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Kartarpur corridor: Six quick facts about Gurdwara Darbar Sahib

Legend of Kartarpur is example of Hindu Muslim harmony

adminWeb Editor

08th Nov, 2019. 06:49 pm
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kartarpur Gurdwara Darbar Sahib

Prime Minister of Pakistan Imran Khan is to inaugurate Kartarpur corrdior on Nov, 09. This place has a historical significance for billions of Sikh across the world.

It is a gift from government of Pakistan for the Sikh community and despite malicious intentions of Narendar Modi’s extremist government, the project is going to host pilgrims from India.

Here are some quick facts about Gurdwara Kartar Singh;

  1. Gurdwara Darbar Sahib Kartarpur is situated on the banks of the river Ravi since 16th century. It is important for Sikhs as Guru Nanak Dev, their main guru, spent 18 years here.   The gurudwara was established by the first Sikh Guru in 1522.
  2. The project is a brain child of Prime Minister of Pakistan Imran Khan and was initially discussed by his all-weather Sikh friend from India, Navjod Singh Sidhu.
  3. Kartarpur corridor is significant for Sikh community India. Kartarpur Sahib Gurdwara in Pakistan, which is around three-four km from Indian Border. It will allow Sikh pilgrims to visit their holy site without hassle.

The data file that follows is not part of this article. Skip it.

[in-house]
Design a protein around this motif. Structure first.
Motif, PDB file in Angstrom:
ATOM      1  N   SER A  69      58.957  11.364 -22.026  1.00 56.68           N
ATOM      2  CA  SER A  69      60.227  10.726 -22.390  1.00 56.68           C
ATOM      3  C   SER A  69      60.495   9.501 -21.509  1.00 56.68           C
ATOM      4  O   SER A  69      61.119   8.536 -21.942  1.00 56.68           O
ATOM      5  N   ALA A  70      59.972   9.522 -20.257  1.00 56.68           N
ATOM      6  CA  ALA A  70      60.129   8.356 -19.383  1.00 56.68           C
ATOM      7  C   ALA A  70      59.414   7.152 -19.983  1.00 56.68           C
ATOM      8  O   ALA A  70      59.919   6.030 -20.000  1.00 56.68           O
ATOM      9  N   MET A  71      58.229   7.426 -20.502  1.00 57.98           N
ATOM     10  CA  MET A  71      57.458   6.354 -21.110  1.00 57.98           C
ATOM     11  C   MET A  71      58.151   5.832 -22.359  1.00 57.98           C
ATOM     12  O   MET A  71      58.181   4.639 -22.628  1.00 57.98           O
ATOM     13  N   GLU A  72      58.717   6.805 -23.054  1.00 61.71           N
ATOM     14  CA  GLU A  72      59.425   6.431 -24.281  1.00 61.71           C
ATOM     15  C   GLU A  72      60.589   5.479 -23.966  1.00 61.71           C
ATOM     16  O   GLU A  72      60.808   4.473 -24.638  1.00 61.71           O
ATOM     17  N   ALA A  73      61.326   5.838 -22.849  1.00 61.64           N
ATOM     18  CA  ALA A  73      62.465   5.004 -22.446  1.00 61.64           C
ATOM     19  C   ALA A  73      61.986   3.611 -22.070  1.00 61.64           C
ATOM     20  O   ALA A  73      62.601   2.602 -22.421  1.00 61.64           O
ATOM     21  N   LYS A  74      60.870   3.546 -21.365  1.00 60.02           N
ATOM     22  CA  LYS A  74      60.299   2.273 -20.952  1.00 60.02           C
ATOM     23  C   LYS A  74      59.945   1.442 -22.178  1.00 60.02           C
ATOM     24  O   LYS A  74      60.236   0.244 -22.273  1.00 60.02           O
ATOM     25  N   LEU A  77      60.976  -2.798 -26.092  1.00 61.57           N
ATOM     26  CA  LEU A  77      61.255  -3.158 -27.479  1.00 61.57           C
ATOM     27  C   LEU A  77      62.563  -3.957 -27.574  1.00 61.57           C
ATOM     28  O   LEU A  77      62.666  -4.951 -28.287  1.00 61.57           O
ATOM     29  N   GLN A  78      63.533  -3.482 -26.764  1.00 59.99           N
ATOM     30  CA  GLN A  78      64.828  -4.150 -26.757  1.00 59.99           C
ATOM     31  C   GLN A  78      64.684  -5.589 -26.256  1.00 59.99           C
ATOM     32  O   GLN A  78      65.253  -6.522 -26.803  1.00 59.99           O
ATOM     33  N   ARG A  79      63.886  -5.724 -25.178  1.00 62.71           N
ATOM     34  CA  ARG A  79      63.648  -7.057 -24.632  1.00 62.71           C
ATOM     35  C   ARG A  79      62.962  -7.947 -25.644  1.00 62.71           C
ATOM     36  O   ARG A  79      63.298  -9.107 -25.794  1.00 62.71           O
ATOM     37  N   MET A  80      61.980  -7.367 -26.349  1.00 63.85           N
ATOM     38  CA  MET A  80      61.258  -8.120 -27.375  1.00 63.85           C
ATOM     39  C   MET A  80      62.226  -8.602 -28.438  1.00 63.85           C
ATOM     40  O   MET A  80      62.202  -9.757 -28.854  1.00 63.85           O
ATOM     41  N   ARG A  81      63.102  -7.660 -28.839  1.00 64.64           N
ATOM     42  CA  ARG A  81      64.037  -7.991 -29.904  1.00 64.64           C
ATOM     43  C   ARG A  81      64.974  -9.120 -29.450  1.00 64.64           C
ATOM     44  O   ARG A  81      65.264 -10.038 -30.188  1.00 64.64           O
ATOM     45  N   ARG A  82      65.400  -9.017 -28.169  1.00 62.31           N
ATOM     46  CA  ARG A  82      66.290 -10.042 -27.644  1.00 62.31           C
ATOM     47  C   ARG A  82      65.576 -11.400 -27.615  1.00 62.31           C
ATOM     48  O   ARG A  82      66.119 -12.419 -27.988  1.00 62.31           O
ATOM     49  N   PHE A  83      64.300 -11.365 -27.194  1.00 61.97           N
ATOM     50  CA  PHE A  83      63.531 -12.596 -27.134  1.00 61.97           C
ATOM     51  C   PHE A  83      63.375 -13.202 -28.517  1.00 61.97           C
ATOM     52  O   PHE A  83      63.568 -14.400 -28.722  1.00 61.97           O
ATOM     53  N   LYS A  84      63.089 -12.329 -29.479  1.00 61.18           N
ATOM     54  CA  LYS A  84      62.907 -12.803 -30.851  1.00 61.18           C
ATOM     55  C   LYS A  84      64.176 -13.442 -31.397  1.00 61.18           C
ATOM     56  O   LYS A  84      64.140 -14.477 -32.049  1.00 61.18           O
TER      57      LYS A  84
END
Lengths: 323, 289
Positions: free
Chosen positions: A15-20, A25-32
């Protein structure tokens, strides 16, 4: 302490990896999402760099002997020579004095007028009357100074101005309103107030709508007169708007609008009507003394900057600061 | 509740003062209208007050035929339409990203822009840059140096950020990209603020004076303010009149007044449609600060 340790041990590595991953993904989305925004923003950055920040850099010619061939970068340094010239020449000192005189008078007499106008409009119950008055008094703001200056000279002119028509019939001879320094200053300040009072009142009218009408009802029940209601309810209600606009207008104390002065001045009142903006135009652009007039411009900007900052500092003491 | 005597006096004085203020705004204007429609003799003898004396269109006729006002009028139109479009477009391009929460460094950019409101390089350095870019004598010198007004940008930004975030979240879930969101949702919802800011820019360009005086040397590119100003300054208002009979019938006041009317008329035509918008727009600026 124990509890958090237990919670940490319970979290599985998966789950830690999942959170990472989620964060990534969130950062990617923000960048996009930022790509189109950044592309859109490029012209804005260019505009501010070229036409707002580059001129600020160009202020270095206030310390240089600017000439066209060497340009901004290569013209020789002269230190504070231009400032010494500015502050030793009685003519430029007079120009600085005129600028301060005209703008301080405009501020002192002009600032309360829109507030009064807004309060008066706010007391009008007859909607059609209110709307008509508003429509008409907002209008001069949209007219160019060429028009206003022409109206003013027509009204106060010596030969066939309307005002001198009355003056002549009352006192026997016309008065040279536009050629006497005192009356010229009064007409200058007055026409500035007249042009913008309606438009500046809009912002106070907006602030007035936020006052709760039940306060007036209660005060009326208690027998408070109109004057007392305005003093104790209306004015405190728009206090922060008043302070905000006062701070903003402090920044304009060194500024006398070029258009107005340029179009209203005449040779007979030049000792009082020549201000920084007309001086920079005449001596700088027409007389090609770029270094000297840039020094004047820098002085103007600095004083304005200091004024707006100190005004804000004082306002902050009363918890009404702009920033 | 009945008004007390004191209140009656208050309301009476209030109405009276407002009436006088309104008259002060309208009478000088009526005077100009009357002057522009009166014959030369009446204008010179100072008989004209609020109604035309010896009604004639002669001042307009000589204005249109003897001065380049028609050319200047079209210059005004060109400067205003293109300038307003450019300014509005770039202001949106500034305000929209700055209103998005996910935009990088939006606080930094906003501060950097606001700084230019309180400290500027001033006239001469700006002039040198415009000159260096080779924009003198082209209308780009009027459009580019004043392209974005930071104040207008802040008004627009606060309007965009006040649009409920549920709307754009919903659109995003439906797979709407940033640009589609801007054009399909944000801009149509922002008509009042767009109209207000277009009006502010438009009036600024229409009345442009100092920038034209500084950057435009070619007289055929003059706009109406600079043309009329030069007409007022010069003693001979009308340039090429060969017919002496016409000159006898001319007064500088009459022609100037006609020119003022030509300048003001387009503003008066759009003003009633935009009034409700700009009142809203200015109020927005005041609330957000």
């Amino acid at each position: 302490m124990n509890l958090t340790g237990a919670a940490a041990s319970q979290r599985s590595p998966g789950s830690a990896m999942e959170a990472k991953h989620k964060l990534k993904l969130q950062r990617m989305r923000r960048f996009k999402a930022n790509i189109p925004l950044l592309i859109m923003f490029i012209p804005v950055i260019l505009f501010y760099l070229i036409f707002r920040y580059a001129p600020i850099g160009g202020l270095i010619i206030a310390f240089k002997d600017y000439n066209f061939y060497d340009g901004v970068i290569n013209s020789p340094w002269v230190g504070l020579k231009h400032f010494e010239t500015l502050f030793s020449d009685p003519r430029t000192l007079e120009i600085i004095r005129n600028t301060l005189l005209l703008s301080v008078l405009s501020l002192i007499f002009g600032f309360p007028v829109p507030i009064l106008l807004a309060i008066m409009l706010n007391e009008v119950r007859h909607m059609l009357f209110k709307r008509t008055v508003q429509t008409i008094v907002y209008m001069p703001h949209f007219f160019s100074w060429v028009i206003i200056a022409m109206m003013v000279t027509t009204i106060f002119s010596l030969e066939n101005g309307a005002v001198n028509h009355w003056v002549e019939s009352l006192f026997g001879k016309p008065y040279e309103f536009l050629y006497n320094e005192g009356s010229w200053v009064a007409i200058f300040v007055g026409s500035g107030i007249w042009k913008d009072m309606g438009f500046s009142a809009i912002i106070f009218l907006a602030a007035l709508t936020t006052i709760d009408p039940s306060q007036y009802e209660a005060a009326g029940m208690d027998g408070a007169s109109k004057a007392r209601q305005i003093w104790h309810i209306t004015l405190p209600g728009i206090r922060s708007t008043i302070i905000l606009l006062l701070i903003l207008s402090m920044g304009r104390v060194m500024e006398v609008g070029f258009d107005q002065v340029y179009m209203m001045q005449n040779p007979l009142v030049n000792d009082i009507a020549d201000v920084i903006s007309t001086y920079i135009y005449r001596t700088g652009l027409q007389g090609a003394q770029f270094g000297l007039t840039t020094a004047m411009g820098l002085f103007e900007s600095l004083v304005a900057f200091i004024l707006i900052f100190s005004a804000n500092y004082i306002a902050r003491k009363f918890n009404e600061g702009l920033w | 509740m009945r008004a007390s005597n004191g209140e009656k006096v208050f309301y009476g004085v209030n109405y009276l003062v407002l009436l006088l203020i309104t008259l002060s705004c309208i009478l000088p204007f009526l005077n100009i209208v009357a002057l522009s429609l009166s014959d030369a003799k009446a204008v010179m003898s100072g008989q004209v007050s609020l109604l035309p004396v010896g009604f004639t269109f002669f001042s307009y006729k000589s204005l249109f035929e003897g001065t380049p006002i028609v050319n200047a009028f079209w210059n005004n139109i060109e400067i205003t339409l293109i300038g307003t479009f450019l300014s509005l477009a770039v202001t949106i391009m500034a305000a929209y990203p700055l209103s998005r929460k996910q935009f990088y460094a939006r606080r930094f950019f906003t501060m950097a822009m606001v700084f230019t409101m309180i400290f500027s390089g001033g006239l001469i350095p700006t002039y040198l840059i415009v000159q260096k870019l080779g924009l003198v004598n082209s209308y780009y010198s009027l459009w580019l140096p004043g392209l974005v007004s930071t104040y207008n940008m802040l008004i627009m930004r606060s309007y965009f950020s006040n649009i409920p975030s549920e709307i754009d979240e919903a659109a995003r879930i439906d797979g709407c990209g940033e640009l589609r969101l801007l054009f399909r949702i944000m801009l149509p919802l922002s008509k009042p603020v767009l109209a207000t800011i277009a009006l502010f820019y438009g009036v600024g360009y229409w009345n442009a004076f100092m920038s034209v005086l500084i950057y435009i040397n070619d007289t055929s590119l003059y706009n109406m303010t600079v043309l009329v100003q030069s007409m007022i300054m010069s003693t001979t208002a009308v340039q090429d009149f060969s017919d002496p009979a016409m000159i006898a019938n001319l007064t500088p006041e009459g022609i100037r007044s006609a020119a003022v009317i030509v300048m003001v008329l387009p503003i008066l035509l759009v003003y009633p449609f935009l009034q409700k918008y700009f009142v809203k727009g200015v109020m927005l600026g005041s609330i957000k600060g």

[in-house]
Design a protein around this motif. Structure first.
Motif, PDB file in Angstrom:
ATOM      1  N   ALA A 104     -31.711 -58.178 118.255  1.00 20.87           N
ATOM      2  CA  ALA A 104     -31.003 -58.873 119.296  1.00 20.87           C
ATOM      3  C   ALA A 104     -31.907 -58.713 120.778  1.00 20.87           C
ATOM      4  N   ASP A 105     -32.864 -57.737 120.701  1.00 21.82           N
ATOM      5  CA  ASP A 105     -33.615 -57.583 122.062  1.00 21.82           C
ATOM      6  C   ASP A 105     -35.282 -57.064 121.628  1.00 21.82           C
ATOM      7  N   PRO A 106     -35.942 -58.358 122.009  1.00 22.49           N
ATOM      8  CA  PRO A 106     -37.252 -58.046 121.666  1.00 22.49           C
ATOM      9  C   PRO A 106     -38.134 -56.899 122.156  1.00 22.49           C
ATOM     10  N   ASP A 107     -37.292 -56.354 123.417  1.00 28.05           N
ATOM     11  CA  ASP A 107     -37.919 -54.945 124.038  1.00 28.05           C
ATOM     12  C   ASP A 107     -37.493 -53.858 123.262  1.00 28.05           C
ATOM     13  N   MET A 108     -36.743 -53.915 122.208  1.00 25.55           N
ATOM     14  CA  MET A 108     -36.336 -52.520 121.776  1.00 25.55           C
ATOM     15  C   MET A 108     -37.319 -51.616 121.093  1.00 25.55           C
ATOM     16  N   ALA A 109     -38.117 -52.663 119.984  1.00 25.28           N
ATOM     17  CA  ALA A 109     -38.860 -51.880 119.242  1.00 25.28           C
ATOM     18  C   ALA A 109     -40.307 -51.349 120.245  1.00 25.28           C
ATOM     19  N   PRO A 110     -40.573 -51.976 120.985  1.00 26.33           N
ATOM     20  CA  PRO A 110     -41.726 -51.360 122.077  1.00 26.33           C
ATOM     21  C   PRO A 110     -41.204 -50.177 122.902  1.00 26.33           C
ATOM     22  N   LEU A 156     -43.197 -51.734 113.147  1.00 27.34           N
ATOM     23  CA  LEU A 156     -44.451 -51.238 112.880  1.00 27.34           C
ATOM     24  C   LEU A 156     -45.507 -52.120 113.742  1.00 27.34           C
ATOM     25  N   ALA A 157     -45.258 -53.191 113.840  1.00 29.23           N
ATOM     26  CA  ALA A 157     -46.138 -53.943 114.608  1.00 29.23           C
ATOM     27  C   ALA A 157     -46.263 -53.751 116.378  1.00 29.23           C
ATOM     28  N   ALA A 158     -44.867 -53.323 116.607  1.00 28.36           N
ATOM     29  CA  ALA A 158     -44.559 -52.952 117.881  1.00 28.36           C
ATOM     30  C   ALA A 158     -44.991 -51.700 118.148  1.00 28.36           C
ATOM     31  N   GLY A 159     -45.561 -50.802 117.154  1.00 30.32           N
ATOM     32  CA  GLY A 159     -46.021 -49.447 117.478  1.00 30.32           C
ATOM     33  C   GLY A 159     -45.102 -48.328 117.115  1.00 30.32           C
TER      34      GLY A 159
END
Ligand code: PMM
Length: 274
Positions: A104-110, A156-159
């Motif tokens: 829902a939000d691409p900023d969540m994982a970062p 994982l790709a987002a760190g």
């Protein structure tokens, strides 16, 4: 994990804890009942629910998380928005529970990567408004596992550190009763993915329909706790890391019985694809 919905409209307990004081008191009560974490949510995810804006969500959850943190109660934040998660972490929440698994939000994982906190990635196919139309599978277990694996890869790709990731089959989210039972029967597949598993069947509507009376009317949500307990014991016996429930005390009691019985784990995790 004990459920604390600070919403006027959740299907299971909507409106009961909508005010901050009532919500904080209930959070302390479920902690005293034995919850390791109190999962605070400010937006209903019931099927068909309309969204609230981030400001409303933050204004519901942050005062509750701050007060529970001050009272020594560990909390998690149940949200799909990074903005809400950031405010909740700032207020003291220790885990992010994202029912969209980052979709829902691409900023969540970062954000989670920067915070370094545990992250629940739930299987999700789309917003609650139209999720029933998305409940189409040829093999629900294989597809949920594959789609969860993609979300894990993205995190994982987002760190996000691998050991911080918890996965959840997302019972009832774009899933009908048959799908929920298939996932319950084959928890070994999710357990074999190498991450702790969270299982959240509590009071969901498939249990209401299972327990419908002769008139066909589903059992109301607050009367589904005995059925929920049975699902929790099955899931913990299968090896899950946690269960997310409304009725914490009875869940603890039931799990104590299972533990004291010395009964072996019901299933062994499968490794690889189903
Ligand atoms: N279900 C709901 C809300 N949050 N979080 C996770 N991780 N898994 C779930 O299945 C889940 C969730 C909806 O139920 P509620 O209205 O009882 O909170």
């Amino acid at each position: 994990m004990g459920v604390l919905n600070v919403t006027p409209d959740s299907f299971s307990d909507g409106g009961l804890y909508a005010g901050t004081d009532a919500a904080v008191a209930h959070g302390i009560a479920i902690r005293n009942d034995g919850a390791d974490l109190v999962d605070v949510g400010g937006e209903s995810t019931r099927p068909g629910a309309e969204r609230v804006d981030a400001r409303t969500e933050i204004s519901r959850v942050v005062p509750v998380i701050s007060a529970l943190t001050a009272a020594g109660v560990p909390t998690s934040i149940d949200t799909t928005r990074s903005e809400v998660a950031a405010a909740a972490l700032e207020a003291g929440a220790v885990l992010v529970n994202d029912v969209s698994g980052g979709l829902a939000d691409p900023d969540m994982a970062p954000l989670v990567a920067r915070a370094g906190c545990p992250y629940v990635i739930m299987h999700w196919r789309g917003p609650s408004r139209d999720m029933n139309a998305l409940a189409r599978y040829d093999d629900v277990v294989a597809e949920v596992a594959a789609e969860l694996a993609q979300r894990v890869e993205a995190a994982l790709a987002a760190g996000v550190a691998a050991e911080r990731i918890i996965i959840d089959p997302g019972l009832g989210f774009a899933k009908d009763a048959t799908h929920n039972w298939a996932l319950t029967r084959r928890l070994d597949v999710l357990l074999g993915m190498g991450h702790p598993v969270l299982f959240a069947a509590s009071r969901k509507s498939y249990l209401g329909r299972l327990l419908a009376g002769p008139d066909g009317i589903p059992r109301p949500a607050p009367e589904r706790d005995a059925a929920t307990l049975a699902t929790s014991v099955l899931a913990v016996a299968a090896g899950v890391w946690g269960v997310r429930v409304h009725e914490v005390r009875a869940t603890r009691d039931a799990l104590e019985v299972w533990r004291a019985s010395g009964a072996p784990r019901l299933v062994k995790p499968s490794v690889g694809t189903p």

4. Sikh devotees from India have been demanding from decades that India and Pakistan collaborate to build a corridor linking it with the Dera Baba Nanak in Gurdaspur district.
  5. Indian high authorities express their intentions towards the goodwill gesture of Pakistan by not attending the ground breaking ceremony hosted by Pakistan.
  6. Corridor is being inaugurated on the 550th birth anniversary of Gurur nanak, and Pakistan also issued a special coin on this occasion. The Complex will have an international standard hotel, hundreds of apartments, two commercial areas and two car parking lots, Border Facility Area, a power grid station, tourist information Center and several offices.

 Legend of Kartarpur

A popular legend goes that after Nanak died, there was a dispute between the local Hindus and Muslims. Hindus, who claimed Nanak as their guru, wanted to cremate his body, while Muslims, who saw him as their peer, wanted to bury him.

But the legend follows that Guru Nanak’s body was turned into flowers, which were then divided between the two communities.

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